On the flip side, knowing when you can’t focus on work because of another issue, is equally important. If you can schedule a break during these times, you can get those items taken care of without work suffering or receiving inadequate attention.

It doesn’t work 100% of the time and we all understand that unexpected things always pop up, both at work and at home. But creating and trying to stick to a schedule should help you stay in control when possible, and adapt when needed.

#5: Overcommunicate

Learning to communicate when you work from home can be surprisingly challenging. Whether you are a manager or employee, communication in a remote environment is frankly, a lot different.

While every company and manager is different and has it’s/their own preferences, we recommend always erring on the side of overcommunication. Keep track of what you’re doing and when asked about the status of a project or claim, give more information rather than less.

Helpful Systems

If your company has recently sent you home to work, chances are they have systems in place or are working on getting systems set up to help you. Being a virtual company, we use quite a few so I wanted to share some that we find the most important and helpful.

Chat Feature

While the majority of our projects are managed from some robust software, there are times, (a lot of times) where we simply need to virtually ‘grab’ each other for a quick question. These little things are tougher in a remote environment when you can’t pop your head into one another’s offices. Chat apps are great for this purpose. We use Google Hangouts.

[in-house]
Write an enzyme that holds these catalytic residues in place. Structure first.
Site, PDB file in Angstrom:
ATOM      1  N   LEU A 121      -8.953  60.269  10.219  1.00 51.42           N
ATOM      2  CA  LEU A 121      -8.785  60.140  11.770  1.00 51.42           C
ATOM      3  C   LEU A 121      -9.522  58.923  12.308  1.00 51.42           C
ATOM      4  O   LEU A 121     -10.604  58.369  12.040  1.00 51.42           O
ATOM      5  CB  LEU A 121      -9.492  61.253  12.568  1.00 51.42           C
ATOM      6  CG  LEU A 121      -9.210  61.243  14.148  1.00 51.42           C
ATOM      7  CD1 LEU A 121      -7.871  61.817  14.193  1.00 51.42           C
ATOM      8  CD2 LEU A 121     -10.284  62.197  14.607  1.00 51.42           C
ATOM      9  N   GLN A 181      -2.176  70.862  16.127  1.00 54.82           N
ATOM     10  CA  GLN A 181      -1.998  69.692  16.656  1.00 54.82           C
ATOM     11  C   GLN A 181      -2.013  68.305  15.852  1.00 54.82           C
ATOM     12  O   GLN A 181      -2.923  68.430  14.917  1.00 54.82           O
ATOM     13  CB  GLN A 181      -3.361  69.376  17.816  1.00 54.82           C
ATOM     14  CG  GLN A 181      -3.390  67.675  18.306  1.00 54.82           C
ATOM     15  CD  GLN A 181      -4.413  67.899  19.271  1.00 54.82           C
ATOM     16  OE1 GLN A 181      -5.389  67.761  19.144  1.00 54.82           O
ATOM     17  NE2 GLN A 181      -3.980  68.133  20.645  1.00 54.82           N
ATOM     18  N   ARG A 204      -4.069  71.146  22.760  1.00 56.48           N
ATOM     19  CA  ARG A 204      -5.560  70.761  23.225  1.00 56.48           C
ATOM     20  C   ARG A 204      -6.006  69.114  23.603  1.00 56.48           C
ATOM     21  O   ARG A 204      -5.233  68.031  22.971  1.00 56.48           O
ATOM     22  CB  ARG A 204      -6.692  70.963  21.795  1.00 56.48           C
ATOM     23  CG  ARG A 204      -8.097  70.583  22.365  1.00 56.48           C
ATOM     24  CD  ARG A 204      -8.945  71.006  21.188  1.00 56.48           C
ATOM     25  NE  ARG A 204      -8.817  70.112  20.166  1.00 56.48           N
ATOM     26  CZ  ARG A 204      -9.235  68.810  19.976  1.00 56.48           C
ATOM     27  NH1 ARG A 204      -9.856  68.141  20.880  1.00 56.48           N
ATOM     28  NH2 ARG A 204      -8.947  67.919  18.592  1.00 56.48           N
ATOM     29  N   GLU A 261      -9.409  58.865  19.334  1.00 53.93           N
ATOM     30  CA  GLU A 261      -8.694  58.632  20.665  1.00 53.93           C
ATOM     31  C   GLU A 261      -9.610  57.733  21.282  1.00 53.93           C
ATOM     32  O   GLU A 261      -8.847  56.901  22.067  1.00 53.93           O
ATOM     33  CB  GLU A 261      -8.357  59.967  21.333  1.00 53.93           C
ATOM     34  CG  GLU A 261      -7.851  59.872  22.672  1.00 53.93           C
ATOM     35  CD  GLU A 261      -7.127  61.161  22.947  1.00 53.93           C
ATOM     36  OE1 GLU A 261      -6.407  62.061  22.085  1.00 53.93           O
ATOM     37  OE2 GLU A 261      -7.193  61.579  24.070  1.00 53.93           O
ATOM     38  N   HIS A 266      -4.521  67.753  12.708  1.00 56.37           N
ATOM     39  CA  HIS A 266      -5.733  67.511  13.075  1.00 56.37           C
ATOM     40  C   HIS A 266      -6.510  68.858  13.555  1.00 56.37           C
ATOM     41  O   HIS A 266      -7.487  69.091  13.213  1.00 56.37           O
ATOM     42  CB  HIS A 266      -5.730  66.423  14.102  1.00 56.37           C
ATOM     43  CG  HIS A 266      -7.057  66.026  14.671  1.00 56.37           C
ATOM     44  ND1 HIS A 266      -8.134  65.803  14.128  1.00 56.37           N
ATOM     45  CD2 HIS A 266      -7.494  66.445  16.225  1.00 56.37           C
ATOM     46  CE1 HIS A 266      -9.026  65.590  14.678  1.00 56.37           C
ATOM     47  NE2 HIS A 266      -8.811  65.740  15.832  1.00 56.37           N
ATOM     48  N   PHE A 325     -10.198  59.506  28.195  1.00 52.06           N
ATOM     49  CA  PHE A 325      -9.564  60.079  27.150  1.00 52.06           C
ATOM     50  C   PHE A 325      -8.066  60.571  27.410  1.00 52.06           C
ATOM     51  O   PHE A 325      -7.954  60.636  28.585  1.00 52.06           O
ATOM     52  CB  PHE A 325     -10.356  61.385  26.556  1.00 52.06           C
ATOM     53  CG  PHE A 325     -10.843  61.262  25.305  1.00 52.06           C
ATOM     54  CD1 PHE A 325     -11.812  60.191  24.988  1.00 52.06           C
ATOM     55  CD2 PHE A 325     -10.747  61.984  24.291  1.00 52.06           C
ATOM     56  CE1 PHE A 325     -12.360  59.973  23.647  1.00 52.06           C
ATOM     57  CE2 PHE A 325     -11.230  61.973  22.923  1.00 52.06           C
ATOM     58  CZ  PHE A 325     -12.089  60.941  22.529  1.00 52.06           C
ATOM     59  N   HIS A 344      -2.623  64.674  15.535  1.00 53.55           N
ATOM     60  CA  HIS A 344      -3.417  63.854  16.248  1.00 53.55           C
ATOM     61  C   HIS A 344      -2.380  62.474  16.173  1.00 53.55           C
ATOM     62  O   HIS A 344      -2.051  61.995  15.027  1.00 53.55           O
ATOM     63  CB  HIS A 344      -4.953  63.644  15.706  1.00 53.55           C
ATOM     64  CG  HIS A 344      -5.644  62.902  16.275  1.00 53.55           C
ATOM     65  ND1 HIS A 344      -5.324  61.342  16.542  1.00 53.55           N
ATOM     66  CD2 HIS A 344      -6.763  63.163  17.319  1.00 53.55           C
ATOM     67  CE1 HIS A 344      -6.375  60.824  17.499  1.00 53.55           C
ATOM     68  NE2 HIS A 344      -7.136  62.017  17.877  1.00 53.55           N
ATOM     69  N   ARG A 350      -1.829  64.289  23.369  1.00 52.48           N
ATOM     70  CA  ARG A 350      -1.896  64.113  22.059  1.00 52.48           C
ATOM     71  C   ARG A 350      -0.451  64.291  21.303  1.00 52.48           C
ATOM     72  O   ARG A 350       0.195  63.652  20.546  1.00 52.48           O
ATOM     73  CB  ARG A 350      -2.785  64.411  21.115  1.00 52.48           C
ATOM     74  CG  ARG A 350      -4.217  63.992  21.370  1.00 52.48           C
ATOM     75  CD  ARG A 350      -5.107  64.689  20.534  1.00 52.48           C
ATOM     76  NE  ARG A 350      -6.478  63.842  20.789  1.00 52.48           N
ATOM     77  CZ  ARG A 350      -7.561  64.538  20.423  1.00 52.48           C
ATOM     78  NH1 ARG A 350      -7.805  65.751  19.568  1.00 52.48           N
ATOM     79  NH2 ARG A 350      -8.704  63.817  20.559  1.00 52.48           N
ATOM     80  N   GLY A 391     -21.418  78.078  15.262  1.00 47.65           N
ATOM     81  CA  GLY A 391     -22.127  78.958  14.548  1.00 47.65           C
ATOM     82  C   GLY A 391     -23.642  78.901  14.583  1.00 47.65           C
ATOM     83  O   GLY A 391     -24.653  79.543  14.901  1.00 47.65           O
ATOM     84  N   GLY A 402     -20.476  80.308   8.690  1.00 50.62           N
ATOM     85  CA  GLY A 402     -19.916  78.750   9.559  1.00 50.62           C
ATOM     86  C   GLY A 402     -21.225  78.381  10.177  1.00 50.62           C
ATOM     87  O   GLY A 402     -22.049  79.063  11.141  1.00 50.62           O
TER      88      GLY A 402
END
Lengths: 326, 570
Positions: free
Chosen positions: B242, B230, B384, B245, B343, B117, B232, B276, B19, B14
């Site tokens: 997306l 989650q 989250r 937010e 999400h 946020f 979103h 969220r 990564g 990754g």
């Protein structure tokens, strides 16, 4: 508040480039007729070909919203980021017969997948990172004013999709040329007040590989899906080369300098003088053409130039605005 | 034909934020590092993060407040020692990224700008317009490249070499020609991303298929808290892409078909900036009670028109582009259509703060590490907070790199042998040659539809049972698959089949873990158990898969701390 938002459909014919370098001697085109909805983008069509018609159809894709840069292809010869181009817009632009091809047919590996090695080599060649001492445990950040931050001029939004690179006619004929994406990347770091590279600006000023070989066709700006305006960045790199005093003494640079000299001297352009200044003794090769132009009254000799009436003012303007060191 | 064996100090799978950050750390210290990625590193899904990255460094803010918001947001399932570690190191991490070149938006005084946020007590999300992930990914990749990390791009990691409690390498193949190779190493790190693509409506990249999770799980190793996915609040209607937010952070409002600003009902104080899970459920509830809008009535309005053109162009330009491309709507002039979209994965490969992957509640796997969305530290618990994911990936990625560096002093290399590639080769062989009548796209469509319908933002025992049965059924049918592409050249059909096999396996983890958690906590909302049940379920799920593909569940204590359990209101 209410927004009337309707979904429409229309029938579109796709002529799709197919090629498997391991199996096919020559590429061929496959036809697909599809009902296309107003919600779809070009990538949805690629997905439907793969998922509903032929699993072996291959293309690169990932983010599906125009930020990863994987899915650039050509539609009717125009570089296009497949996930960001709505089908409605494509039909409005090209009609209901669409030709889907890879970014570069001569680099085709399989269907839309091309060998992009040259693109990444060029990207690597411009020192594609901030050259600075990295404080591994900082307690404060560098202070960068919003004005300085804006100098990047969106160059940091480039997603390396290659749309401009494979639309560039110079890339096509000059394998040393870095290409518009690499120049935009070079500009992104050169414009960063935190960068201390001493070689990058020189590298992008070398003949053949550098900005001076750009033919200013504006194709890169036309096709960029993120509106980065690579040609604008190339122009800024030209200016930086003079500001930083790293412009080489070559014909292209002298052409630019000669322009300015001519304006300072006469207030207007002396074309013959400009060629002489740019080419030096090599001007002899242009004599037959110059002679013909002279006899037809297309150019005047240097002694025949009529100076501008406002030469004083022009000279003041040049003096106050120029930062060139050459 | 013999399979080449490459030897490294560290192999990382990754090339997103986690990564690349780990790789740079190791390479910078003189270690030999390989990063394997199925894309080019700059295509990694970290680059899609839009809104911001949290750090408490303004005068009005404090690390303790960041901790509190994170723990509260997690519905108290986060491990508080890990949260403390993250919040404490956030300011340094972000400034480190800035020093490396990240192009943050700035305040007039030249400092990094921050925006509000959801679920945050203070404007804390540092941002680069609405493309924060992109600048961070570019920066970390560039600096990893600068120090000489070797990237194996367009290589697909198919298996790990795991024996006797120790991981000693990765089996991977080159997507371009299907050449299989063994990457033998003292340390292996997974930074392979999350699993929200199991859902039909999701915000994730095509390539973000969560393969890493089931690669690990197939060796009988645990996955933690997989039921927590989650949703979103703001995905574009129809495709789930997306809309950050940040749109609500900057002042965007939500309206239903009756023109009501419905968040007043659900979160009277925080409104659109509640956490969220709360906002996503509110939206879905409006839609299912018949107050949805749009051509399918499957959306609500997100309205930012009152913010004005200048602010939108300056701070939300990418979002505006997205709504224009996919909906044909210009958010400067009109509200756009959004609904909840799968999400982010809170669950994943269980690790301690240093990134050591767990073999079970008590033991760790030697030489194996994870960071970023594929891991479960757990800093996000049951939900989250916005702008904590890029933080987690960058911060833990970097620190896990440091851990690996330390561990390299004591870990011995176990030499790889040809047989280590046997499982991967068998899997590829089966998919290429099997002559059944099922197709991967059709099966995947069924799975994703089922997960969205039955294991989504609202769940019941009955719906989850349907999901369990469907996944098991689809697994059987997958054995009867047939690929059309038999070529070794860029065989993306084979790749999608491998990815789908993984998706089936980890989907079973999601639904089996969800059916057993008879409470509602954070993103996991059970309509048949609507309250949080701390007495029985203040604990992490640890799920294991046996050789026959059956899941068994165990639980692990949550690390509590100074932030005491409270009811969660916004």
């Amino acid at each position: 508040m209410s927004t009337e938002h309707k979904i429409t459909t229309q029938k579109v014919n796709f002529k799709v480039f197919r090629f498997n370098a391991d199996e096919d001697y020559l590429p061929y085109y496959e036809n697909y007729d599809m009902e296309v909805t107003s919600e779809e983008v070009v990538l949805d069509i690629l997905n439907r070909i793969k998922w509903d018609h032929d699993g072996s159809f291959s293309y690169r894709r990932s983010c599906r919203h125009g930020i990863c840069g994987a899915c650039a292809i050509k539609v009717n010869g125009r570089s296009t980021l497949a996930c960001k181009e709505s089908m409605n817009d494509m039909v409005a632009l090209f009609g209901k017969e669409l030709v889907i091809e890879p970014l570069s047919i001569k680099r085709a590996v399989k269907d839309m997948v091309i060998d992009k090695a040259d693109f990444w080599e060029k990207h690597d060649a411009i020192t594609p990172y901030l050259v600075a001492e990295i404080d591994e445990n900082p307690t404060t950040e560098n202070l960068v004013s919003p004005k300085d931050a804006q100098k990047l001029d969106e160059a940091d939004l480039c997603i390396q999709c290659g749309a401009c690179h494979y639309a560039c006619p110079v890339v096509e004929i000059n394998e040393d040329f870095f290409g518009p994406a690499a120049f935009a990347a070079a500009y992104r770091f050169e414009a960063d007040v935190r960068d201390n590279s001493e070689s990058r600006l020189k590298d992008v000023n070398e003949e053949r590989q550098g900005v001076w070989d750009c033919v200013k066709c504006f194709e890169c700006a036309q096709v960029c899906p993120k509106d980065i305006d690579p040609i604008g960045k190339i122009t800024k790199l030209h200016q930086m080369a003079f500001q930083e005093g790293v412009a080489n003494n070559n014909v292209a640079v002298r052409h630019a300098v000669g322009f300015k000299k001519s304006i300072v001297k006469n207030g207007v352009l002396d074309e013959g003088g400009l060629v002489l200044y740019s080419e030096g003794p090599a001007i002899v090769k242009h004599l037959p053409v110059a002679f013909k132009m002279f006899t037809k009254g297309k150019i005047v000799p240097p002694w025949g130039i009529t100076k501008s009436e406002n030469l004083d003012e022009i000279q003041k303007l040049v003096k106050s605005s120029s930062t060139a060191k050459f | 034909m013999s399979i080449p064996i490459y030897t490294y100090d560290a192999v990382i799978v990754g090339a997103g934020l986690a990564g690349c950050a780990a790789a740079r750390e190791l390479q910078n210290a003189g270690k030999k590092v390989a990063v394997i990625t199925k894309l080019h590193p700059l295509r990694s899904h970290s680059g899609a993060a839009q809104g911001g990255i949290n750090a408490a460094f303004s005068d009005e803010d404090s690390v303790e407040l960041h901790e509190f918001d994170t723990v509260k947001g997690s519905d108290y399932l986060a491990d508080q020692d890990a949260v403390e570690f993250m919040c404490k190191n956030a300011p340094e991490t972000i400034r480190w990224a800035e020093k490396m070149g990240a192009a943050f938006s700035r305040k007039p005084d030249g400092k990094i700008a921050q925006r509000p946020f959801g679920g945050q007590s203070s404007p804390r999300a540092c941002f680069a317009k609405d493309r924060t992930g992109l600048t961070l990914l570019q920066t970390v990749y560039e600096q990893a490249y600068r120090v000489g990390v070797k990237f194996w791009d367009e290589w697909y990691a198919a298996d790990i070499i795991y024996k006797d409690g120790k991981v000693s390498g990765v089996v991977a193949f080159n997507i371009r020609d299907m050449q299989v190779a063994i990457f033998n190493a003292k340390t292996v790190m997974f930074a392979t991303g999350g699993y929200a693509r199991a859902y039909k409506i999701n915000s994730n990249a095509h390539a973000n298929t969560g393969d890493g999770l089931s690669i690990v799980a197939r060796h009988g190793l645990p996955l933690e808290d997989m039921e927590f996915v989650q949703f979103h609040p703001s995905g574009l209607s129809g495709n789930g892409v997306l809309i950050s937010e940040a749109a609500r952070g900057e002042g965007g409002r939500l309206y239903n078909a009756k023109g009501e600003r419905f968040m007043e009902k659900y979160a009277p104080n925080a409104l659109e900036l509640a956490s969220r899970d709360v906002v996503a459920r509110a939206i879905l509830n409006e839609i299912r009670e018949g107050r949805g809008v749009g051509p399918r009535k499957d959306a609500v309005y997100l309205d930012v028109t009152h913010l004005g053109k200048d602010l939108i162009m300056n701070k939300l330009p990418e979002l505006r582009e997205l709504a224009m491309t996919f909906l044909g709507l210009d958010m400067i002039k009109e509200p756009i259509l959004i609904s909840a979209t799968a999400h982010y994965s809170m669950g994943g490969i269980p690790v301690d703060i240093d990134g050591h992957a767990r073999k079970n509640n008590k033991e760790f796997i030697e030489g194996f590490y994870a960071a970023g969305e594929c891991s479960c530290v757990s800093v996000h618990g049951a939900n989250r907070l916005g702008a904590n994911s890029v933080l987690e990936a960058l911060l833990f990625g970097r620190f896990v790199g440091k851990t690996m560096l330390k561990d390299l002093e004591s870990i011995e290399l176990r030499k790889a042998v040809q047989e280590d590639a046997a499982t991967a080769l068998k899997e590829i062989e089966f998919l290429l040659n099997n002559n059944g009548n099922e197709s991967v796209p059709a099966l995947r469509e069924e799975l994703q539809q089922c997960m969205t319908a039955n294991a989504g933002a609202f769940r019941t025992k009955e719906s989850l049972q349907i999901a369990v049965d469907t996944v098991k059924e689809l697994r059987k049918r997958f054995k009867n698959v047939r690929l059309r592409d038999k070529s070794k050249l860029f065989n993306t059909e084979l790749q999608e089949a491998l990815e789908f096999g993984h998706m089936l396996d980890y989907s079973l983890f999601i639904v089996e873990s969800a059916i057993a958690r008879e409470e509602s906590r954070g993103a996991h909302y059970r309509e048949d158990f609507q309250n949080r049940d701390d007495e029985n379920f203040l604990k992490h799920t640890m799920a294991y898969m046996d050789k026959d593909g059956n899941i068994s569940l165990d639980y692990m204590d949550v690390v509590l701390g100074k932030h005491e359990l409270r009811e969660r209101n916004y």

Helpful note: to make the most of these, you should only use them for work communication. Keep the gossip and funny memes to a minimum or people will stop checking them and the system will become ineffective.

Online Meetings

Meeting with each other via video is vital not only for our business but for our company’s emotional health as well. Getting together face to face, talking with one another and seeing expressions, problem-solving, laughing together, brainstorming, and yes, even arguing…these don’t happen quite as often or organically when everyone is working from home. So it’s important to establish regular connections via video.

We use a host of apps depending on what we need for any given meeting. Sometimes two of us will hop on Google chat video chat if it’s an impromptu thing. We use GoTo Meetings for formal, scheduled meetings. Zoom Video Conferencing has also worked well for us if we need all hands on deck.

Project Management

We use quite a few different systems to manage all the facets of AdjusterPro. Every program has it’s advantages and disadvantages and while we aren’t here to try and sell you on any of them, what we use has been a frequent question over the past few weeks so we wanted to share the information.

For our day-to-day personal work, we use a few programs that frankly, just help us get things done. Basecamp is great for ideas and discussions. Monday.com is vital for managing people and projects.

Regardless of what program you or your company uses, when you work remotely, the key is to USE IT. It can take some getting used to, but overall it makes working from home run much more smoothly, helps everyone stay accountable, and keeps the communication flowing.


At AdjusterPro, our priority is helping you and/or your team with insurance adjuster licensing and continuing education. But we also understand that there are big issues facing us during this uncertain time and we want to help in whatever way we can. So if you have questions or concerns, please don’t hesitate to reach out to us. We are here to support you.